Bicycle Licensing – Same Tired Argument

 

Laws exist to curb sidewalk riders

National Post

By Natalie Alcoba

Cyclists should be licensed in order to ensure they know the rules of the road, a Toronto councillor is arguing.

“You have to know that people on our roadways know what the rules of the roadway are — that’s all that this is about — and that they can be identified,” said Councillor David Shiner, who represents Willowdale.

He wants staff to report on a licensing regime for cyclists.

Councilor Shiner

Mr. Shiner believes licenses should apply to those who use the Bixi bike share, and could start at a certain age, so that children who are learning to cycle are not affected.

Councillor Mike Layton, an avid cyclist, said the issue has already been studied and staff concluded that it would be “cost prohibitive.”

The public works and infrastructure committee referred the matter to a June meeting. It is also contemplating how the city might update the seven disparate bylaws that currently impose fines ranging from $3.75 to $85 for riding a bike on a sidewalk, depending on the area.

Karen Okamoto, whose 74-year-old father died after being struck by a cyclist on a Finch Avenue sidewalk, believes more bike lanes in the suburbs could dissuade people from riding on the sidewalk.

National Post

• Email: nalcoba@nationalpost.com 

My say;  Councilor Shiner is not a man easily dismissed.  He speaks compellingly and with conviction, but he isn’t always right.  No question that some cyclists are a hazard to themselves and others, but laws already exist – rarely enforced – that compel cyclists to obey the rules and provide appropriate penalties when they don’t.  I don’t imagine for a moment that slapping a license on the back of a courier’s bike is going to do anything to alter their often questionable choices when it comes to riding in traffic.  I can’t believe that a license will stop riders from sailing through stop signs or making inappropriate left turns at intersections or use hand signals to indicate their intentions.  Education and enforcement of existing laws is the only way to curb dangerous behavior.  It’s been tried before and failed with good reason.  Will Councilor Shiner’s next target be skate boarders, double-wide baby strollers and E-Bikes? – Ed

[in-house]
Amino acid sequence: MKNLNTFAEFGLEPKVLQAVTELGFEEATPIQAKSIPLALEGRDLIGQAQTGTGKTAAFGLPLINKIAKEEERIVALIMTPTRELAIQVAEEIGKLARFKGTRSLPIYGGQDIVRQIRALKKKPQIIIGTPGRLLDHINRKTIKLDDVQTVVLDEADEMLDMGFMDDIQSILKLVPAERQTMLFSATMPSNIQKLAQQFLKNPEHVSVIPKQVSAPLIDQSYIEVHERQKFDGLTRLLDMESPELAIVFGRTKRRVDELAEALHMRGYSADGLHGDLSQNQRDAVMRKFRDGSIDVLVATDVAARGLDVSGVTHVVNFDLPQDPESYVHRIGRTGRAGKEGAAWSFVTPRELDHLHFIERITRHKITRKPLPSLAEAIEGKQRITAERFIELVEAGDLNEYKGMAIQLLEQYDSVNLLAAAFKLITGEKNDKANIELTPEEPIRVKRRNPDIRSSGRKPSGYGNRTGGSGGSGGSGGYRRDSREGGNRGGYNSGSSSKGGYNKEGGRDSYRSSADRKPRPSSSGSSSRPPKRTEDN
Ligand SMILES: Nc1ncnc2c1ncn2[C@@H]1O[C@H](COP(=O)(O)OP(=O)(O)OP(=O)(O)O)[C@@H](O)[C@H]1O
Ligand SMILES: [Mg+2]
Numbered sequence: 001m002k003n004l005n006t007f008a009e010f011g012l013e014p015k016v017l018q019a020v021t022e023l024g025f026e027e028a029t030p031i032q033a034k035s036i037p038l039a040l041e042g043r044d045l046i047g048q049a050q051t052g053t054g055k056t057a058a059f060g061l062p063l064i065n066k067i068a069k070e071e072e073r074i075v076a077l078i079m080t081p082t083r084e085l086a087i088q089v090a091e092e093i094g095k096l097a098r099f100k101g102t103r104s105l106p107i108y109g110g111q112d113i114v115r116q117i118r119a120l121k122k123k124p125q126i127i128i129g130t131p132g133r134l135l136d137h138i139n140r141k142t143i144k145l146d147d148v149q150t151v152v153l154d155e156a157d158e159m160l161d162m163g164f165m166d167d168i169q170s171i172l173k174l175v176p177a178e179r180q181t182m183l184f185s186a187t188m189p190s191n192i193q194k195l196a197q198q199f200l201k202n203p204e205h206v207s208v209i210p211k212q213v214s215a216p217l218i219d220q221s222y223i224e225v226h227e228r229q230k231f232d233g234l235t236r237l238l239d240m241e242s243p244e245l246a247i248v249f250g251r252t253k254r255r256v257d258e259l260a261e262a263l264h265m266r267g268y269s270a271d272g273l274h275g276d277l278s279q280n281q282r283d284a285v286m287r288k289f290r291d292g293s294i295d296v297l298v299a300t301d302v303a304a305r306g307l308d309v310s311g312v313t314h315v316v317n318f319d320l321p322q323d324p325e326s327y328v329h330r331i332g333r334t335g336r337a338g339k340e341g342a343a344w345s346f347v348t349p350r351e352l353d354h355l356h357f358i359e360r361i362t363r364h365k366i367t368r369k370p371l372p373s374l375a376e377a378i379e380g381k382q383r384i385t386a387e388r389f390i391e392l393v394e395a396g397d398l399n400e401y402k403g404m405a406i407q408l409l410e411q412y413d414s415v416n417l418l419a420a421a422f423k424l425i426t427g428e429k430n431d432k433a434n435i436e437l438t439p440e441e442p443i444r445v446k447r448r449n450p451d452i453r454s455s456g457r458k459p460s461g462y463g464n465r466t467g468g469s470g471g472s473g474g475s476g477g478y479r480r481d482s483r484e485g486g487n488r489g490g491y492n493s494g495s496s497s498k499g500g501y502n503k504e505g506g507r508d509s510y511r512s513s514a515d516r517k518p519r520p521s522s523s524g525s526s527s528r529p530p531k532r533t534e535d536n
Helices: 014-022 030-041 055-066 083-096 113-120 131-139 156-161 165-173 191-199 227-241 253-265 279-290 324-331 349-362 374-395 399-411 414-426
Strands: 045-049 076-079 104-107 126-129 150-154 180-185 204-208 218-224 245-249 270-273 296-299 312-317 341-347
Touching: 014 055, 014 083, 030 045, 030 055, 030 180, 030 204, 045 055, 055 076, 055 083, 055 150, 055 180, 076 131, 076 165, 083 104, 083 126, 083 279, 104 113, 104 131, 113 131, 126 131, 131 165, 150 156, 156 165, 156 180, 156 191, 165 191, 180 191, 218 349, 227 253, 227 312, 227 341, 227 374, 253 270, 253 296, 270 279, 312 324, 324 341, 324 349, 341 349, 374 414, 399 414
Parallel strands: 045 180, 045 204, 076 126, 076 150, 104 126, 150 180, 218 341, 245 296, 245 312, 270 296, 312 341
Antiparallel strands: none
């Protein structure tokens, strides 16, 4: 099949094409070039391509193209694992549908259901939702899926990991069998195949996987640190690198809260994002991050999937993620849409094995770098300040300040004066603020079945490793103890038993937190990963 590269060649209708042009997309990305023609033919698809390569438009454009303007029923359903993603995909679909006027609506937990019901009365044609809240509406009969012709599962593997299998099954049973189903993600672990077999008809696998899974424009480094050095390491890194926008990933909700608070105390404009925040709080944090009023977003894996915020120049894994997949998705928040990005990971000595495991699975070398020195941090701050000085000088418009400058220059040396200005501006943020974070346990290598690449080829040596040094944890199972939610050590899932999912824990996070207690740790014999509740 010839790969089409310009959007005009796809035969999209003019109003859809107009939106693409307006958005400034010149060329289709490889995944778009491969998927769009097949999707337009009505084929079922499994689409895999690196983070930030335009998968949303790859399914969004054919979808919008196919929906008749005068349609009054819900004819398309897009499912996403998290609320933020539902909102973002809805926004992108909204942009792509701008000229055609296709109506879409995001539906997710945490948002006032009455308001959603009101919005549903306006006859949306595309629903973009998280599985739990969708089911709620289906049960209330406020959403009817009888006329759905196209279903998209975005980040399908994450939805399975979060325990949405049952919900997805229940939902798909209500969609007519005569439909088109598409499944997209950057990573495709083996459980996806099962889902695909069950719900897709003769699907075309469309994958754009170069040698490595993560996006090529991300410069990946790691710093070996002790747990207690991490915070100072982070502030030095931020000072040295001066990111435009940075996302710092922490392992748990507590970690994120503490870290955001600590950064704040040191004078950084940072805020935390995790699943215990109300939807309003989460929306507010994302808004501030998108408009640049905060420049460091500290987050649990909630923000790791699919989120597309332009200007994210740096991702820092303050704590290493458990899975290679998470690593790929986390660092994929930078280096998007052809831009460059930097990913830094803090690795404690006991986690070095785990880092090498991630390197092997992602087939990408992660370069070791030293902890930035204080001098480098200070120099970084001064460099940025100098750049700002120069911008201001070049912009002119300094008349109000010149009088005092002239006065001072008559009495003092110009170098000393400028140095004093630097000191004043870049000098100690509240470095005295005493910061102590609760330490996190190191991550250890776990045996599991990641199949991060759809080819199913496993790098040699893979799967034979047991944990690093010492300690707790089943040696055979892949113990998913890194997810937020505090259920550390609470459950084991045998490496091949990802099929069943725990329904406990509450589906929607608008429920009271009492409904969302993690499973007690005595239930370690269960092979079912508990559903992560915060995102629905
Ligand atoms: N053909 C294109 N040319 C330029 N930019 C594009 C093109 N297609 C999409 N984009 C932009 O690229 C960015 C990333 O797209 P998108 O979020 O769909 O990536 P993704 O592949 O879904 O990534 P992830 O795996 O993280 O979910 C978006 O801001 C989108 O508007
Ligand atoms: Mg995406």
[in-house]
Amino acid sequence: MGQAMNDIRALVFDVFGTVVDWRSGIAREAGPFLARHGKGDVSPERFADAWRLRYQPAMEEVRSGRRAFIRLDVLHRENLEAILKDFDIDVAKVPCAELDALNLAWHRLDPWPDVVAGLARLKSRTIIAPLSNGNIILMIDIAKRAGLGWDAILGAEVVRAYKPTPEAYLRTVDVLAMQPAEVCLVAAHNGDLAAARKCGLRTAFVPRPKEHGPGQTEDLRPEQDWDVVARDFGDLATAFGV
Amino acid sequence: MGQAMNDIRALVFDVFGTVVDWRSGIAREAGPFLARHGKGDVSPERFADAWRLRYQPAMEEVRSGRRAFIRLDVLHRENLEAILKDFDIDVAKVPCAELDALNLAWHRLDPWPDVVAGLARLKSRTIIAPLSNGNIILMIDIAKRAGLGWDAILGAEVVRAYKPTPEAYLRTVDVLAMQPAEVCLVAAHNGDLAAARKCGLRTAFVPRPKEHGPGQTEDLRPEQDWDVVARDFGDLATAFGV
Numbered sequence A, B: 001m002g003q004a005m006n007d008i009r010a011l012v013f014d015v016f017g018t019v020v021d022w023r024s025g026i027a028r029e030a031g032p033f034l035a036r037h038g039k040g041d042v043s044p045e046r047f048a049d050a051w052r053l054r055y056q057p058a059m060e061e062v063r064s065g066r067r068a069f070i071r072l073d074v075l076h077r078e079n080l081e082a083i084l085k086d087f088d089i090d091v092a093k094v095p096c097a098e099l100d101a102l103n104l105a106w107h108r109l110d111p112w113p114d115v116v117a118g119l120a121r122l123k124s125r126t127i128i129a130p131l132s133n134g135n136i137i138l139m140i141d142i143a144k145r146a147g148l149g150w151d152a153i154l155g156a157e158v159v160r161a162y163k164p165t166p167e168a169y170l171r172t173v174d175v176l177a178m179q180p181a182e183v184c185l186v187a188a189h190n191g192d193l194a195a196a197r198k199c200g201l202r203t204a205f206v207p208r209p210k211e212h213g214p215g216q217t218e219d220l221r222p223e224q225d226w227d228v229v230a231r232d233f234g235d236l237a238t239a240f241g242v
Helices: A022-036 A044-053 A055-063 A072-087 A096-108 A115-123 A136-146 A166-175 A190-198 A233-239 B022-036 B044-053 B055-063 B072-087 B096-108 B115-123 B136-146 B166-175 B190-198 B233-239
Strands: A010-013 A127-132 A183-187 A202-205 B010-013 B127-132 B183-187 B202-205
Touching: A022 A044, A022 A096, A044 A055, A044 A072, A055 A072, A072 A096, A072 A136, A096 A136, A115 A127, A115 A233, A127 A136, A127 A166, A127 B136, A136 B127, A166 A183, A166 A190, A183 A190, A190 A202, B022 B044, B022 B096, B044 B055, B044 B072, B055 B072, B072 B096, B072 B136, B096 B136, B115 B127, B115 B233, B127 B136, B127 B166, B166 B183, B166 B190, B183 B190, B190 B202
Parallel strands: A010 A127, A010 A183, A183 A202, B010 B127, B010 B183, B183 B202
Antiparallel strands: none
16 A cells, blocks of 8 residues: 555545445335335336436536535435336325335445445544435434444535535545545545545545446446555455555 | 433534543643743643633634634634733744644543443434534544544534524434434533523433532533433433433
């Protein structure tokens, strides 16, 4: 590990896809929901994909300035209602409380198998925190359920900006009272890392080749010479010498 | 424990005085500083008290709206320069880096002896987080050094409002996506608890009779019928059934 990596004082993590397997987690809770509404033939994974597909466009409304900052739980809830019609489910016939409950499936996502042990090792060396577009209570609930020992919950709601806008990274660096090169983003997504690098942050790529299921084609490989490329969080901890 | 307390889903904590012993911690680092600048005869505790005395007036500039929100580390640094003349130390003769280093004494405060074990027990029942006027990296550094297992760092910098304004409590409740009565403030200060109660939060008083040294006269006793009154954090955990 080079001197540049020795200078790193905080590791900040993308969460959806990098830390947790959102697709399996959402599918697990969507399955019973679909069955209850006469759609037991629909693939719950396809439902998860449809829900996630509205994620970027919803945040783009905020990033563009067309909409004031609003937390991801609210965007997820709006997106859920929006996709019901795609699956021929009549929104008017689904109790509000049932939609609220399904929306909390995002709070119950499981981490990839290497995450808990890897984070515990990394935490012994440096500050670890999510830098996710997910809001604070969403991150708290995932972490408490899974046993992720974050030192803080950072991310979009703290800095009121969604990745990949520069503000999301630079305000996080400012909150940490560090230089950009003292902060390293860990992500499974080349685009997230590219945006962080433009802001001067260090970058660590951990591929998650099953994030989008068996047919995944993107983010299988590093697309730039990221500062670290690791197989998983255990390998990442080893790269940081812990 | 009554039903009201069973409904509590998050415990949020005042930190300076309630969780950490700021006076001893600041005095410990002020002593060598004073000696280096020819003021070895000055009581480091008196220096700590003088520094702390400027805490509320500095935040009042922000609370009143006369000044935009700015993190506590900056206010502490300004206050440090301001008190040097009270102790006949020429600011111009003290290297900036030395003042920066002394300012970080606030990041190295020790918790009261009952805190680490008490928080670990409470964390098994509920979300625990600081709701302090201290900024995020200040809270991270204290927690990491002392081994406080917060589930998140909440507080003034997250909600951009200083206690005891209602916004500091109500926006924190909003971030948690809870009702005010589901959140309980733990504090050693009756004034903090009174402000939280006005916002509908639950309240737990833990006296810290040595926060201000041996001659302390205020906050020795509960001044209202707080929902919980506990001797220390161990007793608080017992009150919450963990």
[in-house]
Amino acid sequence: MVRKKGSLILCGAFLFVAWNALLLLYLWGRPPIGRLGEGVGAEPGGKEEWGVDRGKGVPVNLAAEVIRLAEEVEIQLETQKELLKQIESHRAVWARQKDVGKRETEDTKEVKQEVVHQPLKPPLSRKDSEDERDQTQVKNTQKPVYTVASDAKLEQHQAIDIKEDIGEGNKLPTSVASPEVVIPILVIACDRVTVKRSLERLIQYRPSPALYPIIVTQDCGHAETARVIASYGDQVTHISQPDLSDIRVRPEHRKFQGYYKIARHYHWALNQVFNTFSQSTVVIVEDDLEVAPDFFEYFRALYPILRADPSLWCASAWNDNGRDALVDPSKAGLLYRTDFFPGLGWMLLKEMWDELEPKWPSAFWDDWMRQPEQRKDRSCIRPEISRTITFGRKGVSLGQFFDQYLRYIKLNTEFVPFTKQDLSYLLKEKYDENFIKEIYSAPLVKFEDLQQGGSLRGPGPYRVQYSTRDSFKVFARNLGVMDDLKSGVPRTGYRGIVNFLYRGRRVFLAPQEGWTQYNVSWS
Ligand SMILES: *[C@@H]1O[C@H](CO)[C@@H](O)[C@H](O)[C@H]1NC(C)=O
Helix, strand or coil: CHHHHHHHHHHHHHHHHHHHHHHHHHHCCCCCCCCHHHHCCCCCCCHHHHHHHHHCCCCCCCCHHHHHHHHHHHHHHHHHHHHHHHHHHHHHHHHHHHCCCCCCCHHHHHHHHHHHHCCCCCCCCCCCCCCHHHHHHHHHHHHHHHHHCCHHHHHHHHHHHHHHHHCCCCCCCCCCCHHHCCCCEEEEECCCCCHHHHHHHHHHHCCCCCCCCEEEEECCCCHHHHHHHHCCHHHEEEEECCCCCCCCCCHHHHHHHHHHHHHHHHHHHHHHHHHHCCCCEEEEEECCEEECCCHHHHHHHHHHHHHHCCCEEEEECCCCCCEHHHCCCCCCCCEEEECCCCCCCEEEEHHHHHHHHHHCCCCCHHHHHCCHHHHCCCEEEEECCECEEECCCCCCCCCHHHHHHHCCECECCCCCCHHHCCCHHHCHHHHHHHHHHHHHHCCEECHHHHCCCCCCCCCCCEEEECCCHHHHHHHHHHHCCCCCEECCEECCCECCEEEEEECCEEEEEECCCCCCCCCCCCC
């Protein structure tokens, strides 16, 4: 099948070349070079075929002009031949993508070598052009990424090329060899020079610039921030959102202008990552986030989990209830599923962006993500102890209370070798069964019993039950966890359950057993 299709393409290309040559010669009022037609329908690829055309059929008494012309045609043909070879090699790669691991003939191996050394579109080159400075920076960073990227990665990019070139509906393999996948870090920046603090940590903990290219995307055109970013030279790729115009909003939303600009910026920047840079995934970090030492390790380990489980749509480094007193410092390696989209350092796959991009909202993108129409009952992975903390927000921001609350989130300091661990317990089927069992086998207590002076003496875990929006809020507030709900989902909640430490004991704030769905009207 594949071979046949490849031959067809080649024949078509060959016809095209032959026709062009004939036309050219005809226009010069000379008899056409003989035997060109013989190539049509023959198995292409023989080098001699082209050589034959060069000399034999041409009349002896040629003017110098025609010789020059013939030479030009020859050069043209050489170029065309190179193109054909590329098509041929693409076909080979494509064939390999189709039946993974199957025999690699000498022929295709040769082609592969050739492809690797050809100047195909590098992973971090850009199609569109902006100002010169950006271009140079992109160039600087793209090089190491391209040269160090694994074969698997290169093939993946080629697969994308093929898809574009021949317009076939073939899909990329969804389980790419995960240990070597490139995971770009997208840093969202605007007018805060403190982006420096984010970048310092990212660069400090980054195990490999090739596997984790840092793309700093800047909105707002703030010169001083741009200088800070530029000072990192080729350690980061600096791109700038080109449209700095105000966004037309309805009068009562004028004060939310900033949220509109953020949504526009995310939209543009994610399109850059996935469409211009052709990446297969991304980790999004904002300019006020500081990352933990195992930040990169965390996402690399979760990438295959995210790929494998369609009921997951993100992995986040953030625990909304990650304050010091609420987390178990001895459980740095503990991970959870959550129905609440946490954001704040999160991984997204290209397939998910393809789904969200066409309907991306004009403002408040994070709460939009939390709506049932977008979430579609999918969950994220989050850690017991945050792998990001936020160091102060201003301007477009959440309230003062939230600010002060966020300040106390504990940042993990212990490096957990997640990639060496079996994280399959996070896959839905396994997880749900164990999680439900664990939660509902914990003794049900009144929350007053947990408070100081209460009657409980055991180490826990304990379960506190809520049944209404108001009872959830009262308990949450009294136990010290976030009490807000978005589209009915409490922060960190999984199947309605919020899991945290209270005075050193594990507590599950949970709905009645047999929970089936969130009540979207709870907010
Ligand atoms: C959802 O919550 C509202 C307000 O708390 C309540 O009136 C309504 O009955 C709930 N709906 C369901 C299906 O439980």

More background information

The City of Toronto has investigated licensing cyclists on at least three occasions in the recent past:

  • 1984: focus on bike theft
  • 1992: focus on riding on sidewalks, traffic law compliance and couriers
  • 1996: focus on riding on sidewalks, traffic law compliance and couriers

Licensing in the nineties has been most often discussed in response to concerns for pedestrian safety on sidewalks, where incidents of collisions, near misses, and a lack of courtesy have made many pedestrians, including seniors feel insecure.

Each time the City has rejected licensing as a solution to the problem under discussion.

The major reasons why licensing has been rejected are:

  • The difficulty in keeping a database complete and current
  • The difficulty in licensing children, given that they ride bikes too
  • Licensing in and of itself does not change the behaviour of cyclists who are disobeying traffic laws.”
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Posted on January 6, 2012, in Cycling, Opinion, Our Neighbourhood and tagged , , , , , , , . Bookmark the permalink. Leave a comment.

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